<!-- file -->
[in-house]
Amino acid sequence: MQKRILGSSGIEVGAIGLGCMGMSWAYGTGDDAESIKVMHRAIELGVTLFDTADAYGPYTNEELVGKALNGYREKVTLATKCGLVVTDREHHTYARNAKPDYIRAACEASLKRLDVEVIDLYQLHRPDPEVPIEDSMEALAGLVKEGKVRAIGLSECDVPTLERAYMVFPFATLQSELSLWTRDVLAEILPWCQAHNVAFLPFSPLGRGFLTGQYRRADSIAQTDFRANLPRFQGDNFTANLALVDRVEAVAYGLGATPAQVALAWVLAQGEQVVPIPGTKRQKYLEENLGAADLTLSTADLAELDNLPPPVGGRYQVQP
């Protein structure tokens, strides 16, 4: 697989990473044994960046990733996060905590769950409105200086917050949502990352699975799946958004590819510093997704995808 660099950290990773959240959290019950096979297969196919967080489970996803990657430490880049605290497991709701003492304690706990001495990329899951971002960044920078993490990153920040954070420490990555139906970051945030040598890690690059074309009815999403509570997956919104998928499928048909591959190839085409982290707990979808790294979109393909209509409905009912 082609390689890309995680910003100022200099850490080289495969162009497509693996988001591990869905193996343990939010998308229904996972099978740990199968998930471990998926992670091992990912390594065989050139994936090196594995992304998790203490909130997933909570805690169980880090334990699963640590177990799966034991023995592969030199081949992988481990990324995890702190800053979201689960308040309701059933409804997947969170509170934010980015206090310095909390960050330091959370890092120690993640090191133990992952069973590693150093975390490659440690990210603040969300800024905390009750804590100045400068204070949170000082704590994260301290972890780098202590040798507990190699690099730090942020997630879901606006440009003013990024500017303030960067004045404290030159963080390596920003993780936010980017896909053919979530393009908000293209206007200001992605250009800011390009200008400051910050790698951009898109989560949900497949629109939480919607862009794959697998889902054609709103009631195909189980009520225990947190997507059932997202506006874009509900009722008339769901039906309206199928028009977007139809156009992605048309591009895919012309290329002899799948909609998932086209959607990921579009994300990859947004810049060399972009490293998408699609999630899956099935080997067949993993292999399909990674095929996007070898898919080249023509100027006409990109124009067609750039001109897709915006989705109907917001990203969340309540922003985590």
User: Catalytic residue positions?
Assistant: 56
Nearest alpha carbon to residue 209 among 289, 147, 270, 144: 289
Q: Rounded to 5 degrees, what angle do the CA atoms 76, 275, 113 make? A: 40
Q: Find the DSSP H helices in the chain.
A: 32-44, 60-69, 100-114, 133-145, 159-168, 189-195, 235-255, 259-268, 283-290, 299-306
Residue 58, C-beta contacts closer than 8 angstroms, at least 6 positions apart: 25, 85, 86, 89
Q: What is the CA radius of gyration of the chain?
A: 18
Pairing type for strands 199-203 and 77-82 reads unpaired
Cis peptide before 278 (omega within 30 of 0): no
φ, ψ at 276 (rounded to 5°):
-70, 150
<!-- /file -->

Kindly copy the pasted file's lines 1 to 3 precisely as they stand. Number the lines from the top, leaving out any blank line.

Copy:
[in-house]
Amino acid sequence: MQKRILGSSGIEVGAIGLGCMGMSWAYGTGDDAESIKVMHRAIELGVTLFDTADAYGPYTNEELVGKALNGYREKVTLATKCGLVVTDREHHTYARNAKPDYIRAACEASLKRLDVEVIDLYQLHRPDPEVPIEDSMEALAGLVKEGKVRAIGLSECDVPTLERAYMVFPFATLQSELSLWTRDVLAEILPWCQAHNVAFLPFSPLGRGFLTGQYRRADSIAQTDFRANLPRFQGDNFTANLALVDRVEAVAYGLGATPAQVALAWVLAQGEQVVPIPGTKRQKYLEENLGAADLTLSTADLAELDNLPPPVGGRYQVQP
């Protein structure tokens, strides 16, 4: 697989990473044994960046990733996060905590769950409105200086917050949502990352699975799946958004590819510093997704995808 660099950290990773959240959290019950096979297969196919967080489970996803990657430490880049605290497991709701003492304690706990001495990329899951971002960044920078993490990153920040954070420490990555139906970051945030040598890690690059074309009815999403509570997956919104998928499928048909591959190839085409982290707990979808790294979109393909209509409905009912 082609390689890309995680910003100022200099850490080289495969162009497509693996988001591990869905193996343990939010998308229904996972099978740990199968998930471990998926992670091992990912390594065989050139994936090196594995992304998790203490909130997933909570805690169980880090334990699963640590177990799966034991023995592969030199081949992988481990990324995890702190800053979201689960308040309701059933409804997947969170509170934010980015206090310095909390960050330091959370890092120690993640090191133990992952069973590693150093975390490659440690990210603040969300800024905390009750804590100045400068204070949170000082704590994260301290972890780098202590040798507990190699690099730090942020997630879901606006440009003013990024500017303030960067004045404290030159963080390596920003993780936010980017896909053919979530393009908000293209206007200001992605250009800011390009200008400051910050790698951009898109989560949900497949629109939480919607862009794959697998889902054609709103009631195909189980009520225990947190997507059932997202506006874009509900009722008339769901039906309206199928028009977007139809156009992605048309591009895919012309290329002899799948909609998932086209959607990921579009994300990859947004810049060399972009490293998408699609999630899956099935080997067949993993292999399909990674095929996007070898898919080249023509100027006409990109124009067609750039001109897709915006989705109907917001990203969340309540922003985590």